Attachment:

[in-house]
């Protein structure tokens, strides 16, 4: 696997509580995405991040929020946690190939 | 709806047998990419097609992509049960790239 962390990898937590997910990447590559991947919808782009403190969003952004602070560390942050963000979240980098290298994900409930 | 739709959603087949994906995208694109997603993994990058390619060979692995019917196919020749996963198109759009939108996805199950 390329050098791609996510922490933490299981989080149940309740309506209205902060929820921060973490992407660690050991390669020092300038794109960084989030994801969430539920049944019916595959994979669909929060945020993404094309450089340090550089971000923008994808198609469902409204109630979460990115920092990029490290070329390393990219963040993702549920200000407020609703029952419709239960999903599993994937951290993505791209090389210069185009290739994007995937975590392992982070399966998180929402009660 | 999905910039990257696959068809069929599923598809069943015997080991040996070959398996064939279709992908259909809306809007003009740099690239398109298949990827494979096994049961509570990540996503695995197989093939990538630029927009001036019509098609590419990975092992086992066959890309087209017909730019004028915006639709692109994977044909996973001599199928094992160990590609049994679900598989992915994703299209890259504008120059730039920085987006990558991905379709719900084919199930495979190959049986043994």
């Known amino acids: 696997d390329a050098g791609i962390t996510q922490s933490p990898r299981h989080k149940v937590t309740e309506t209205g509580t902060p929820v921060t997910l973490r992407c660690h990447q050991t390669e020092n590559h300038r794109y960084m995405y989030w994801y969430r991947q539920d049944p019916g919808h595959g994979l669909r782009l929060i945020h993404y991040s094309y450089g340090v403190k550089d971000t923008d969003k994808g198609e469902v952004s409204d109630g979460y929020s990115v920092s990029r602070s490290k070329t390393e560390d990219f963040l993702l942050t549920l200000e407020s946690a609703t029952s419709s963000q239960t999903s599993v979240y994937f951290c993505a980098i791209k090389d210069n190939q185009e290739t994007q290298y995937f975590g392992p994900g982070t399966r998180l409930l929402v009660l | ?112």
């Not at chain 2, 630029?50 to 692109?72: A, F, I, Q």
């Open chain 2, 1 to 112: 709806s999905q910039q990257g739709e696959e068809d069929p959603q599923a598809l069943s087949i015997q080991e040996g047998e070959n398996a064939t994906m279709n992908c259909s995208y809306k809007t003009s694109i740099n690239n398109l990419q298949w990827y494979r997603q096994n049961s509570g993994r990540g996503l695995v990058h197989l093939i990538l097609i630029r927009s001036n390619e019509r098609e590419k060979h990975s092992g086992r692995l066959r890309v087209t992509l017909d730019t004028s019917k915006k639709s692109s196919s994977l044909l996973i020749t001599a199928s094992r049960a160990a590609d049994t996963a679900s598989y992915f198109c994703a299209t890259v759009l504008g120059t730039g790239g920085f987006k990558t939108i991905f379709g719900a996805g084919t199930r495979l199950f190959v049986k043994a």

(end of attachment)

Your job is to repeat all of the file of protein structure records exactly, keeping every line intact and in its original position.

[in-house]
């Protein structure tokens, strides 16, 4: 696997509580995405991040929020946690190939 | 709806047998990419097609992509049960790239 962390990898937590997910990447590559991947919808782009403190969003952004602070560390942050963000979240980098290298994900409930 | 739709959603087949994906995208694109997603993994990058390619060979692995019917196919020749996963198109759009939108996805199950 390329050098791609996510922490933490299981989080149940309740309506209205902060929820921060973490992407660690050991390669020092300038794109960084989030994801969430539920049944019916595959994979669909929060945020993404094309450089340090550089971000923008994808198609469902409204109630979460990115920092990029490290070329390393990219963040993702549920200000407020609703029952419709239960999903599993994937951290993505791209090389210069185009290739994007995937975590392992982070399966998180929402009660 | 999905910039990257696959068809069929599923598809069943015997080991040996070959398996064939279709992908259909809306809007003009740099690239398109298949990827494979096994049961509570990540996503695995197989093939990538630029927009001036019509098609590419990975092992086992066959890309087209017909730019004028915006639709692109994977044909996973001599199928094992160990590609049994679900598989992915994703299209890259504008120059730039920085987006990558991905379709719900084919199930495979190959049986043994």
């Known amino acids: 696997d390329a050098g791609i962390t996510q922490s933490p990898r299981h989080k149940v937590t309740e309506t209205g509580t902060p929820v921060t997910l973490r992407c660690h990447q050991t390669e020092n590559h300038r794109y960084m995405y989030w994801y969430r991947q539920d049944p019916g919808h595959g994979l669909r782009l929060i945020h993404y991040s094309y450089g340090v403190k550089d971000t923008d969003k994808g198609e469902v952004s409204d109630g979460y929020s990115v920092s990029r602070s490290k070329t390393e560390d990219f963040l993702l942050t549920l200000e407020s946690a609703t029952s419709s963000q239960t999903s599993v979240y994937f951290c993505a980098i791209k090389d210069n190939q185009e290739t994007q290298y995937f975590g392992p994900g982070t399966r998180l409930l929402v009660l | ?112």
């Not at chain 2, 630029?50 to 692109?72: A, F, I, Q």
């Open chain 2, 1 to 112: 709806s999905q910039q990257g739709e696959e068809d069929p959603q599923a598809l069943s087949i015997q080991e040996g047998e070959n398996a064939t994906m279709n992908c259909s995208y809306k809007t003009s694109i740099n690239n398109l990419q298949w990827y494979r997603q096994n049961s509570g993994r990540g996503l695995v990058h197989l093939i990538l097609i630029r927009s001036n390619e019509r098609e590419k060979h990975s092992g086992r692995l066959r890309v087209t992509l017909d730019t004028s019917k915006k639709s692109s196919s994977l044909l996973i020749t001599a199928s094992r049960a160990a590609d049994t996963a679900s598989y992915f198109c994703a299209t890259v759009l504008g120059t730039g790239g920085f987006k990558t939108i991905f379709g719900a996805g084919t199930r495979l199950f190959v049986k043994a």